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Malaysia: Increasing digitalisation raises job loss fears

PETALING JAYA: At least two in five Malaysian employees (43%) feel their jobs are at risk due to an increasingly digital economy, according to Workday, an enterprise cloud applications company for finance and human resources.

In a study conducted by Workday and global market intelligence firm, IDC, titled “The Drive for the Digitally-enabled Workforce”, it was revealed that while Malaysian employees have ­­a high awareness of digitalisation, with almost three-quarters (73%) expecting greater use of technology in the workplace, over a third (37%) feel they do not have the right skills to compete in an increasingly digital economy.

The study was based on a survey with over 1,400 employees in eight countries across the region: Malaysia, Singapore, Thailand, Hong Kong, New Zealand, Australia, Japan and South Korea. It comes as there is an overwhelming trend towards digitalisation in Asia Pacific, with at least 60% of its GDP (excluding Japan) being digitalised by 2021.

“The research shows there will be growth in every industry driven by digita­­­lly enhanced offerings, operations and relationships,” said Workday Southeast Asia managing director Jasie Fon.

“This wave of digitalisation brings both new opportunities and threats. Businesses in Malaysia must invest in training and reskilling initiatives to ensure their employees are prepared for the challenges ahead,” she added.

The key findings of the report include, that while employees acknowledge the high impact of technology in the workplace – following South Korea (78%) and Singapore (74%), 44% of Malaysian employees feel their managers are not proactively engaging them about digitalisation to future-proof their careers.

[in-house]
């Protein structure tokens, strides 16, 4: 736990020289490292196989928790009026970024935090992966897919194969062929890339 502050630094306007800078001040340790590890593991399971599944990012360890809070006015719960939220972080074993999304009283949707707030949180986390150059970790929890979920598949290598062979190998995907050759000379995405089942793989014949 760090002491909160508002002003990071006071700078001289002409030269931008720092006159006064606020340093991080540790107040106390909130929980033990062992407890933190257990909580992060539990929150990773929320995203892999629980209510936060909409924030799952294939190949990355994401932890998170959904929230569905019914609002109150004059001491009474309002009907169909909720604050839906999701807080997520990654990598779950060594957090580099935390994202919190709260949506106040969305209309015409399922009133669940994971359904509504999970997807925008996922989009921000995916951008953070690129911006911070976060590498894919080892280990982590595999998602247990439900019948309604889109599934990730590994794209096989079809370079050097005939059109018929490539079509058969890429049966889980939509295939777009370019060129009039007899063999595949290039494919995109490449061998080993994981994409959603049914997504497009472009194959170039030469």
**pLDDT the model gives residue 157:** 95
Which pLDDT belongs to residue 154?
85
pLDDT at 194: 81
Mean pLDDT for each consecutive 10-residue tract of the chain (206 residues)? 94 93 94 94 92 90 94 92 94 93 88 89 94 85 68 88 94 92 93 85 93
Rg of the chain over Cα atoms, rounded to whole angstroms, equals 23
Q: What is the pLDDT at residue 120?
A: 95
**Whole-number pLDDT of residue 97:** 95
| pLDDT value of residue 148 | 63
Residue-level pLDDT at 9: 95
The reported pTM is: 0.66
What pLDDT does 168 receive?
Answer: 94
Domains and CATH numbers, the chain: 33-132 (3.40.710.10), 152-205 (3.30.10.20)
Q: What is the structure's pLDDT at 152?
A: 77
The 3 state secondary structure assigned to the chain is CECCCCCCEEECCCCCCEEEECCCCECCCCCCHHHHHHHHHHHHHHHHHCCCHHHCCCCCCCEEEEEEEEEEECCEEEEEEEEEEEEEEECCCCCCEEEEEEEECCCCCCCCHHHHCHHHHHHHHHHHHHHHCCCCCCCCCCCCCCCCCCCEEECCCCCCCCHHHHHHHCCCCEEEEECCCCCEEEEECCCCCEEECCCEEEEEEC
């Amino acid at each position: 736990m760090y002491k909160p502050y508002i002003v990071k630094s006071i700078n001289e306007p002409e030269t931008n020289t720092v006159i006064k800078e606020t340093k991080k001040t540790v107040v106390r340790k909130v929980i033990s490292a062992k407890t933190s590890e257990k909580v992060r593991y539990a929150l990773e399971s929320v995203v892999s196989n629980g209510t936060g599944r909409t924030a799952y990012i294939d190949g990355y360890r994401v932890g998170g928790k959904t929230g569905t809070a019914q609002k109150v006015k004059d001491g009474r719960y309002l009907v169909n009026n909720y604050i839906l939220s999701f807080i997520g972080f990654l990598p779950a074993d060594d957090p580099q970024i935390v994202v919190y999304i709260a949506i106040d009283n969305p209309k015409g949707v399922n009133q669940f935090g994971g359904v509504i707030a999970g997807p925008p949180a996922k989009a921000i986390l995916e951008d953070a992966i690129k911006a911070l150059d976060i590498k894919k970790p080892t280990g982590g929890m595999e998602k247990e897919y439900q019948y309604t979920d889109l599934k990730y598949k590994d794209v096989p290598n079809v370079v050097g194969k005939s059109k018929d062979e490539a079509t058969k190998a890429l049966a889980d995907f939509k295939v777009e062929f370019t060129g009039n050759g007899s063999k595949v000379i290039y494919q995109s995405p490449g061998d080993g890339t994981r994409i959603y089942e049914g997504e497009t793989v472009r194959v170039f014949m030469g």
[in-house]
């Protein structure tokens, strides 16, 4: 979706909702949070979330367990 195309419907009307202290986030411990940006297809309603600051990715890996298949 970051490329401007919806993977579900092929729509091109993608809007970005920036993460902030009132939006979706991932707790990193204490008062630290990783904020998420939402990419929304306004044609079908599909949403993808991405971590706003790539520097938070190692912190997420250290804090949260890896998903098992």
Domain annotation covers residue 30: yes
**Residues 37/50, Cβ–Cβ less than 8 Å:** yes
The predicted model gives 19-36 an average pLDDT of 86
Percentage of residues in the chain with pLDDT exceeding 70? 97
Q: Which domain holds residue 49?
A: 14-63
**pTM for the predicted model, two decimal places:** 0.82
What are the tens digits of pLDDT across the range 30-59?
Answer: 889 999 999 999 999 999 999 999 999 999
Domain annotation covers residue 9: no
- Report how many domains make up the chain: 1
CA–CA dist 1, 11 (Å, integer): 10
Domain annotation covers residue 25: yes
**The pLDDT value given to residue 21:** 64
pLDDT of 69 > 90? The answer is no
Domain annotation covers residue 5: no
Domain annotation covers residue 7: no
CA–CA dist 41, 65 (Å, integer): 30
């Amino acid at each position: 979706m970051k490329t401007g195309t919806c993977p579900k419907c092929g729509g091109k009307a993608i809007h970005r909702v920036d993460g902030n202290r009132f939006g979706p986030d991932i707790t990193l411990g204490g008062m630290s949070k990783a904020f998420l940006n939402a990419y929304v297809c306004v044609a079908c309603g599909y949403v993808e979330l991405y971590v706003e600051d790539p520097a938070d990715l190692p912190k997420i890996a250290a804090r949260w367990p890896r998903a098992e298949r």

Malaysia has among the highest turnover rates in the region with 38% of employees saying they are likely to switch jobs in the next 12 months.

In Malaysia, positive work/life balance (15%) is the main driver for happy and engaged employees, followed by positive work relationships with colleagues and managers (13%) and work which leverages on employees’ strengths, experience and capabilities (12%).

The main “pull factors” for switching jobs in Malaysia include better pay/reward (23%), better career prospects (17%) and better work/life balance (14%).

The respondents surveyed included representation from start-ups to established enterprises, across different genders and a mix of 50% millennials, 40% generation X’ers and 10% Baby Boomers. Respondents were primarily professionals (36%), clerical workers (31%), service and sales workers (10%) and legislators and senior officials (7%).

Source: http://www.thesundaily.my/news/2018/07/05/increasing-digitalisation-raises-job-loss-fears